One of the recommendations that the government is not considering at this time is the move to a civilian model for the EHS communication centre. The report states, “The salary costs at the EHS communications centre are approximately 50 per cent higher per hour than other comparable centres. Call takers at the EHS centre are paramedics, and as such have a higher salary structure than civilians. The International Academies of Emergency Dispatch (IAED), the organization that awards accreditation status to agencies, has found that civilians that utilize emergency medical dispatch protocols, generally perform better than paramedics as they are less likely to deviate from the protocols.”

When asked why this recommendation was not being immediately adopted, Health and Wellness Minister Zach Churchill told reporters at a technical briefing held on Monday (March 8), “That is one that we will look at over time and discuss that situation with the union that represents those staff. But there is no decision right now to move to a civilian model.”

The MODG has been calling for improvements to the EHS system for years and recently (Jan. 20) invited, for the third time, company representatives to council to answer council’s questions about the provision of service in the area; a meeting reported in this newspaper.

At that time, council was not satisfied with the company’s responses to questions about transfer and response times. This week, MODG Warden Vernon Pitts is more hopeful that positive changes will come in the provision of ambulance service in the area.

Pitts tells The Journal on March 9: “It’s good to see that they are going to implement some of the recommendations. I think it is phenomenal if they go down that road because too many times government, and it doesn’t matter what level of government, they go out and they consult, they get the information and they sit on it. It’s good to see the minister said they would be implementing these changes.”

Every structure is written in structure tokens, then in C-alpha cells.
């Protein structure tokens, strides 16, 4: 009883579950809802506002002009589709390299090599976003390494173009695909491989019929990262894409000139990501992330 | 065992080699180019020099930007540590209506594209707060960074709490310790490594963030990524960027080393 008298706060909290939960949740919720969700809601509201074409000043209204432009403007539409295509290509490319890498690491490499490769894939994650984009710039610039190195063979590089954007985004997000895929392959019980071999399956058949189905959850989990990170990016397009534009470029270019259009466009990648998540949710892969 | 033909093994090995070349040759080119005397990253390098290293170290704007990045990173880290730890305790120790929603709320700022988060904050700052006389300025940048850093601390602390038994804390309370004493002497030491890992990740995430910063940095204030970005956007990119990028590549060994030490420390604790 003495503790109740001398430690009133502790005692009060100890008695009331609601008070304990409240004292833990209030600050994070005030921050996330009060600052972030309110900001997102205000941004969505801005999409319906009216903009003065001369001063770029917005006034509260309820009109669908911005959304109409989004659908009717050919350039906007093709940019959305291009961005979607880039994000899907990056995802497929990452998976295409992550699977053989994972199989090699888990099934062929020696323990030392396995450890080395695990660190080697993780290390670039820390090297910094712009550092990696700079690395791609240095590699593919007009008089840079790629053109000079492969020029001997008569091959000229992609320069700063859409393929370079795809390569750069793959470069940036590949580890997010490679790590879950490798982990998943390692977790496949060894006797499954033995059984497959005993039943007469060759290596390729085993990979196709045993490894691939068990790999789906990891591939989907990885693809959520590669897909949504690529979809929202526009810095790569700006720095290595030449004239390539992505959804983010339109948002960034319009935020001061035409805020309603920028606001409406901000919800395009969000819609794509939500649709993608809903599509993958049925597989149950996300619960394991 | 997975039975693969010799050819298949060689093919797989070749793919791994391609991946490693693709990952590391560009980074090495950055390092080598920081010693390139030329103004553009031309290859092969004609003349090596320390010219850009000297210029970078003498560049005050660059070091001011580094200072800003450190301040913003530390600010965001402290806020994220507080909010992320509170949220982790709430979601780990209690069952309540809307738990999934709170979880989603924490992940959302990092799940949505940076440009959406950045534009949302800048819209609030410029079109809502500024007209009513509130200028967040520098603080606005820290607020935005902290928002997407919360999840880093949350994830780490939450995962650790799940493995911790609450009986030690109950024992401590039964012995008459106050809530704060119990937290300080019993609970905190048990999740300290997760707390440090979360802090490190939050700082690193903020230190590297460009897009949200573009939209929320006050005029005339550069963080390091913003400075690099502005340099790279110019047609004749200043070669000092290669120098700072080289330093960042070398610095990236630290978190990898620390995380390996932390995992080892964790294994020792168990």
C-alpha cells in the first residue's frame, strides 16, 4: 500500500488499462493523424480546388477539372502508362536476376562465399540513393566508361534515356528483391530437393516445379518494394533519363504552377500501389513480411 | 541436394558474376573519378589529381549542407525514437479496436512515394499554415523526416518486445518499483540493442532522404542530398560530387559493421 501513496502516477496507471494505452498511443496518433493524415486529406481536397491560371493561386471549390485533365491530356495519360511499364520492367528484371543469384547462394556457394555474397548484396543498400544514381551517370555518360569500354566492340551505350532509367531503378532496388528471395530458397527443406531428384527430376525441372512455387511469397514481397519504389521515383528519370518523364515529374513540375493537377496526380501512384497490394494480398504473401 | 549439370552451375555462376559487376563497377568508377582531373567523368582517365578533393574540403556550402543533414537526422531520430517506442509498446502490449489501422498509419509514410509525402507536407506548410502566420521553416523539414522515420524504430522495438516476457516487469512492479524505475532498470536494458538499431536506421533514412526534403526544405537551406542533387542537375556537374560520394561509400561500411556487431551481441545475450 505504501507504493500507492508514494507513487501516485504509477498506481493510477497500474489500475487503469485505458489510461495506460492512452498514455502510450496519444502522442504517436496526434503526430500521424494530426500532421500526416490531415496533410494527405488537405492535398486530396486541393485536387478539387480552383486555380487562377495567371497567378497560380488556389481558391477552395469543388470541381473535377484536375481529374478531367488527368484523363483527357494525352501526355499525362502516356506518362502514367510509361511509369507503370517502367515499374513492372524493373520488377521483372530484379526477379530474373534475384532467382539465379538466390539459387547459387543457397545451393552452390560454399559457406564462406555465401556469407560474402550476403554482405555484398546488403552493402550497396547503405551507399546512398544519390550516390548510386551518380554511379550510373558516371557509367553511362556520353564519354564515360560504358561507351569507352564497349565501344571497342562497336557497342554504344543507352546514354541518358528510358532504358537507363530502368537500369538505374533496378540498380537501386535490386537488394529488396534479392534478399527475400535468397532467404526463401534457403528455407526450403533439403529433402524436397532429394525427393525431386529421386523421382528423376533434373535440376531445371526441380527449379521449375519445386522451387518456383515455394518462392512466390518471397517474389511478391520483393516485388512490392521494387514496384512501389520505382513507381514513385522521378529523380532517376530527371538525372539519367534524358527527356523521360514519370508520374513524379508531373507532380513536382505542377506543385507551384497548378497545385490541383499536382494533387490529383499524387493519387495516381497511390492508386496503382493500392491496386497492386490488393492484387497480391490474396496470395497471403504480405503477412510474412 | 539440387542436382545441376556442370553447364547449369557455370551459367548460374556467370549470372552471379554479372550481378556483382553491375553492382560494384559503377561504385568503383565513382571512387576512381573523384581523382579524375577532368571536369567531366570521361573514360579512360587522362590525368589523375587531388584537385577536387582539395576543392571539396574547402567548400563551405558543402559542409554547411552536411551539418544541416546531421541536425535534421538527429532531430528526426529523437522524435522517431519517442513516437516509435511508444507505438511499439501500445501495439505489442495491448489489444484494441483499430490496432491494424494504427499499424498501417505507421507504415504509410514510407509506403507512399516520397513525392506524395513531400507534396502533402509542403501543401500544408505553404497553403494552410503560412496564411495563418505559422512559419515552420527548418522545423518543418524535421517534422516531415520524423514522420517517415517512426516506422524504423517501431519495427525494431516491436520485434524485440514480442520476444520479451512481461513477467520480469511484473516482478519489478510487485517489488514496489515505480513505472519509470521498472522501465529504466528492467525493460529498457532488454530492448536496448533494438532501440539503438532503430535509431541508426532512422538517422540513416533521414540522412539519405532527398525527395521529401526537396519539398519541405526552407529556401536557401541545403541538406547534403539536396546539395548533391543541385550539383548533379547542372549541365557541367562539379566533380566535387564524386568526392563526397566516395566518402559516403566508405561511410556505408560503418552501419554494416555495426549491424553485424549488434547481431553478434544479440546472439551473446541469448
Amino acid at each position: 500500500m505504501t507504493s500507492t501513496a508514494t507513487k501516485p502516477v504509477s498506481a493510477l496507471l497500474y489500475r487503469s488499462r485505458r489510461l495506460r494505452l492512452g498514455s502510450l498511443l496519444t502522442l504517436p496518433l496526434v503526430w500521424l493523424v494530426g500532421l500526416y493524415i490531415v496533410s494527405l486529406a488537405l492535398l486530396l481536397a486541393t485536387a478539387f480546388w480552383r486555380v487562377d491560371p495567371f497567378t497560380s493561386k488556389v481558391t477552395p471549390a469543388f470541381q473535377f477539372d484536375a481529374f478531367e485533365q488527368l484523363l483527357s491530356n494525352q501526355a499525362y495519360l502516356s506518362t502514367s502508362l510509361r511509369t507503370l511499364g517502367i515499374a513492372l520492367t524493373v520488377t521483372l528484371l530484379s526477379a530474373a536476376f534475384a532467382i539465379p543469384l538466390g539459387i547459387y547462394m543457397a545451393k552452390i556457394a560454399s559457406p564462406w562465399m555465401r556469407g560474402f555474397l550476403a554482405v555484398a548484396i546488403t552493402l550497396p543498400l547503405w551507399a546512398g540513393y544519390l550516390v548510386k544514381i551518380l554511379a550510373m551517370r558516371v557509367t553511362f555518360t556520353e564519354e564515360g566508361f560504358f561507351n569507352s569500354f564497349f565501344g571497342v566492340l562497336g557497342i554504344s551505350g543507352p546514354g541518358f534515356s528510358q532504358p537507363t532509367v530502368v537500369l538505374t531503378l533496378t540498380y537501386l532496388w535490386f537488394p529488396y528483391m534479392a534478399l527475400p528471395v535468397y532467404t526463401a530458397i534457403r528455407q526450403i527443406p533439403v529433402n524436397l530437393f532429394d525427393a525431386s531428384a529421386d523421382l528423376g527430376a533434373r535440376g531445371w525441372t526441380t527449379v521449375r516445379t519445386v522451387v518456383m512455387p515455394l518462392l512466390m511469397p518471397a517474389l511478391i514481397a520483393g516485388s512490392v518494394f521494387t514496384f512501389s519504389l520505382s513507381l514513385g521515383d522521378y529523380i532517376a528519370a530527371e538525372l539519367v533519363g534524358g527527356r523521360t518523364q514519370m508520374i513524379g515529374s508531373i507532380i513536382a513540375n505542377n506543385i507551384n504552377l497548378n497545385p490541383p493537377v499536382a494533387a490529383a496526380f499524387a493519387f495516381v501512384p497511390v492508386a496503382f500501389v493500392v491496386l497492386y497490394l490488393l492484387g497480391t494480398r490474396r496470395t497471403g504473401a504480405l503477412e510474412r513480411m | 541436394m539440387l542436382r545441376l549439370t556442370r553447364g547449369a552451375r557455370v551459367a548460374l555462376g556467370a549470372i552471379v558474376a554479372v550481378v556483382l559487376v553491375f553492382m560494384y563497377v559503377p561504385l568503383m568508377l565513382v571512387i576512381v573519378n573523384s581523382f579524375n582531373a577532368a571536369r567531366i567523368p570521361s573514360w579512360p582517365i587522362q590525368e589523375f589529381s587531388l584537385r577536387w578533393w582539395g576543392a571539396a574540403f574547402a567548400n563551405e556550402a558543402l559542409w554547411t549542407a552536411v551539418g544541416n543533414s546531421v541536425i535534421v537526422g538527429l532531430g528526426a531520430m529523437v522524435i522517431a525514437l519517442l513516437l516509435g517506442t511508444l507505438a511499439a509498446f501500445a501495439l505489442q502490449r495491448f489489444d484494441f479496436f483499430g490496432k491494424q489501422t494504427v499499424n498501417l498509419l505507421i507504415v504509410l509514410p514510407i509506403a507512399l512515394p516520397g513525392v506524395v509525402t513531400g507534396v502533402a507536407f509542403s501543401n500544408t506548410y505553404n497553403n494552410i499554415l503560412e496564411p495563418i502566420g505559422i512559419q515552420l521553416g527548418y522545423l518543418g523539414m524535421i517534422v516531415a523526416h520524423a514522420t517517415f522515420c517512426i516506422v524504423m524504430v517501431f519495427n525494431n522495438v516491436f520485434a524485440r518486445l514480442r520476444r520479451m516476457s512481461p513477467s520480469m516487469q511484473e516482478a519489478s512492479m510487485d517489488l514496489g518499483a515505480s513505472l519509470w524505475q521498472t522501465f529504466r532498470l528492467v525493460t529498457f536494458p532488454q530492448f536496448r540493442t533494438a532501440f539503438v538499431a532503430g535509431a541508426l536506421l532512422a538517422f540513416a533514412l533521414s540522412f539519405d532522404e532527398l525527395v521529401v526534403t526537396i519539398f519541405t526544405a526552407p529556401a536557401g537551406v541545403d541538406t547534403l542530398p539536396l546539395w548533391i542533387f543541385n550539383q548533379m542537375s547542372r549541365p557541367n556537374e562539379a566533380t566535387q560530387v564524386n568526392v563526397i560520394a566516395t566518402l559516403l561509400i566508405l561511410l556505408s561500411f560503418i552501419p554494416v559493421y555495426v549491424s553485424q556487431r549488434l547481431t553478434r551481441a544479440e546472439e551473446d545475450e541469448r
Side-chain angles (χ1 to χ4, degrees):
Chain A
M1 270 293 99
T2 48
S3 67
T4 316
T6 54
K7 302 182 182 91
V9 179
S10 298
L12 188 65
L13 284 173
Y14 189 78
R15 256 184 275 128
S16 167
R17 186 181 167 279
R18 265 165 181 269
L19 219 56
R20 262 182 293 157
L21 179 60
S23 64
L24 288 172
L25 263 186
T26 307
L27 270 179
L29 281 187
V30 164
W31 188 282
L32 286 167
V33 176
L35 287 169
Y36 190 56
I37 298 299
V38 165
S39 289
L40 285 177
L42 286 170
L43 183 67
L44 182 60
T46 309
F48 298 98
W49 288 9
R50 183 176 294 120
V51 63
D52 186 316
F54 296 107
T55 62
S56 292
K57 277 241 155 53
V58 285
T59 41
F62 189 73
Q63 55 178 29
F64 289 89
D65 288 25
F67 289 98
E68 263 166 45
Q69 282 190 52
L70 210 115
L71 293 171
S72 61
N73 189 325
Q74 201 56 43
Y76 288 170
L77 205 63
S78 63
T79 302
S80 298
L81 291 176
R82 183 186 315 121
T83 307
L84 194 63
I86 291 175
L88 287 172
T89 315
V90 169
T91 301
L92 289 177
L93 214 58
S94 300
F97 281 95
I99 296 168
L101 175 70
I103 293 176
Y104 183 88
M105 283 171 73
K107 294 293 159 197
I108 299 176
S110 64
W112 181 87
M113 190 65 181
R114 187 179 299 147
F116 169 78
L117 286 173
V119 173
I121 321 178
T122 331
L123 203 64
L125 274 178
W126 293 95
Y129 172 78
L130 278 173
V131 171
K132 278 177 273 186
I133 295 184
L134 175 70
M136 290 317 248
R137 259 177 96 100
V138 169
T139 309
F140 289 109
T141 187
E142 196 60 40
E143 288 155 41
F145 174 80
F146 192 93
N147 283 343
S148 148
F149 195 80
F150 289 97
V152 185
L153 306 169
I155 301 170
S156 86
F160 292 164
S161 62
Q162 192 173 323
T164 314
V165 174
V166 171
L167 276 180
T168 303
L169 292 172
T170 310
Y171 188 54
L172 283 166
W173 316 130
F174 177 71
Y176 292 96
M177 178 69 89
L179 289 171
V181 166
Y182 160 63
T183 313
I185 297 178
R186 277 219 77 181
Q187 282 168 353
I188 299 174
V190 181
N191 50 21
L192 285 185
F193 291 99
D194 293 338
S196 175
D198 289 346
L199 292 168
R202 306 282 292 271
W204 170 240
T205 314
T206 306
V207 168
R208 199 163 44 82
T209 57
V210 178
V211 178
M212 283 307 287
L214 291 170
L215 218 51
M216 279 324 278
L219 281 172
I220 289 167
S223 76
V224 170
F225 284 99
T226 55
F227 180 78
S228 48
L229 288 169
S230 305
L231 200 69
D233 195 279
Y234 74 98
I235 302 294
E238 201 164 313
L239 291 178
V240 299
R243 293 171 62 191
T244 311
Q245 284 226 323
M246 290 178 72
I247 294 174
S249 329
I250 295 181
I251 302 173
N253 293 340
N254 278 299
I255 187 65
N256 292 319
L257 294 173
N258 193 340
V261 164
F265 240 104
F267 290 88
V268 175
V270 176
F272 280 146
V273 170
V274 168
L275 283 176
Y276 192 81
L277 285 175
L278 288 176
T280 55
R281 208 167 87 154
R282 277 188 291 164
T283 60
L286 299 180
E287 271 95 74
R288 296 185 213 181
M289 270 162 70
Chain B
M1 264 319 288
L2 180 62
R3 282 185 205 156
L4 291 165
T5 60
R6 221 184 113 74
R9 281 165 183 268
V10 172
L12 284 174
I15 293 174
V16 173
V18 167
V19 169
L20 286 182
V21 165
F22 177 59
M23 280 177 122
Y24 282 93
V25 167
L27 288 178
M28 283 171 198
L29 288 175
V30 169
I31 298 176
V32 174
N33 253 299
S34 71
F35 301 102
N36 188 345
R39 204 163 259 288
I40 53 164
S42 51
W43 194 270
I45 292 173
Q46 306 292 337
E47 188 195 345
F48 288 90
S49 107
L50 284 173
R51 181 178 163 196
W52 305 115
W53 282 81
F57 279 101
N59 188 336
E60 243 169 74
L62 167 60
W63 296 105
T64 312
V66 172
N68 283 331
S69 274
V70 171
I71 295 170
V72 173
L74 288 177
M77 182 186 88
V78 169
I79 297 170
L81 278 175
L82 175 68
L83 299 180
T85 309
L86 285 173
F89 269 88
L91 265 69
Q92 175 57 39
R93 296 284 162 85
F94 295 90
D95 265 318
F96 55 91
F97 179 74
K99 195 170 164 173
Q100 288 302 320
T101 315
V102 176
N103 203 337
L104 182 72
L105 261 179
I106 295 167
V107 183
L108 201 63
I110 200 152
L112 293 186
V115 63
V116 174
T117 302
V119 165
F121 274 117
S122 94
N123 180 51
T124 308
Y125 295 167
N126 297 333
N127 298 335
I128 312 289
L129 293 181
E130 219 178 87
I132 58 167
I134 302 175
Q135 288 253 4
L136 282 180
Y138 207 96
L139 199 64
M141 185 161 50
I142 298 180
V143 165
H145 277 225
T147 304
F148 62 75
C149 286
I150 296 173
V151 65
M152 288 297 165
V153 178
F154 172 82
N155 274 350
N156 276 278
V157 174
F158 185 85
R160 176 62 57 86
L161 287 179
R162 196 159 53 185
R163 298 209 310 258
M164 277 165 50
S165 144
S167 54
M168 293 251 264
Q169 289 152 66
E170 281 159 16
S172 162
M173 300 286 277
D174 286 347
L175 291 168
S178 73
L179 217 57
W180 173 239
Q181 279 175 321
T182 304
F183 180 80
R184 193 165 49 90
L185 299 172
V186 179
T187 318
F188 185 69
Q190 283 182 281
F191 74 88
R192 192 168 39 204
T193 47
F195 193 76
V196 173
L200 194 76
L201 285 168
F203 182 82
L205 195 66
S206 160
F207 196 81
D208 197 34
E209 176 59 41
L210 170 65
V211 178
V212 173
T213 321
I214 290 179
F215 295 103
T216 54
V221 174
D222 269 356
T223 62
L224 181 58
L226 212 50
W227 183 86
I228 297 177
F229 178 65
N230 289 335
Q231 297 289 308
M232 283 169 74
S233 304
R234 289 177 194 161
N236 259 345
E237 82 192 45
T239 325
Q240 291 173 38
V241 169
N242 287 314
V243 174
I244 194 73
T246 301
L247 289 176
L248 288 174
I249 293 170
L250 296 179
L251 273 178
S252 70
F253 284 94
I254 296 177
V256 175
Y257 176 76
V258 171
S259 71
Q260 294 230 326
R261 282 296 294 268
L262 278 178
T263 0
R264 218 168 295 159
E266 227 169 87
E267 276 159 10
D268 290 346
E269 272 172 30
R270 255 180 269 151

Despite the hint of optimism, Pitts has concerns about the freshness of the information in the report as it was completed in 2019 before the pandemic arose, upending the world and impacting the way health care is provided in the province.

Pitts is also not satisfied with the amount of information redacted from the report. “I don’t think that’s proper. How can you be transparent if you turn around and you redact some of the statements? They could be key parts of the study,” he says.

“I am pleased that the province is moving forward with some of these changes. Our main concern is having someone to respond in time of an emergency,” says Pitts, adding that local medical first responders, such as trained fire department personnel could take a more active role in the emergency response system, which is a recommendation in the Fitch Report.

That being said, Pitts points out that medical first responders, who are mainly volunteers in rural areas, should be compensated, if they share the role of first response with EHS employees. “We pay EHS to do it. We should pay anyone else to do it … It would likely be a lesser rate of pay. We do have a large number of medical first responders with our various fire departments. In fact, I was one for 25 years,” says Pitts.

Pitts concludes by saying that the MODG would do anything they could to help implement the recommendations adopted by the province and included in the new EMC contract.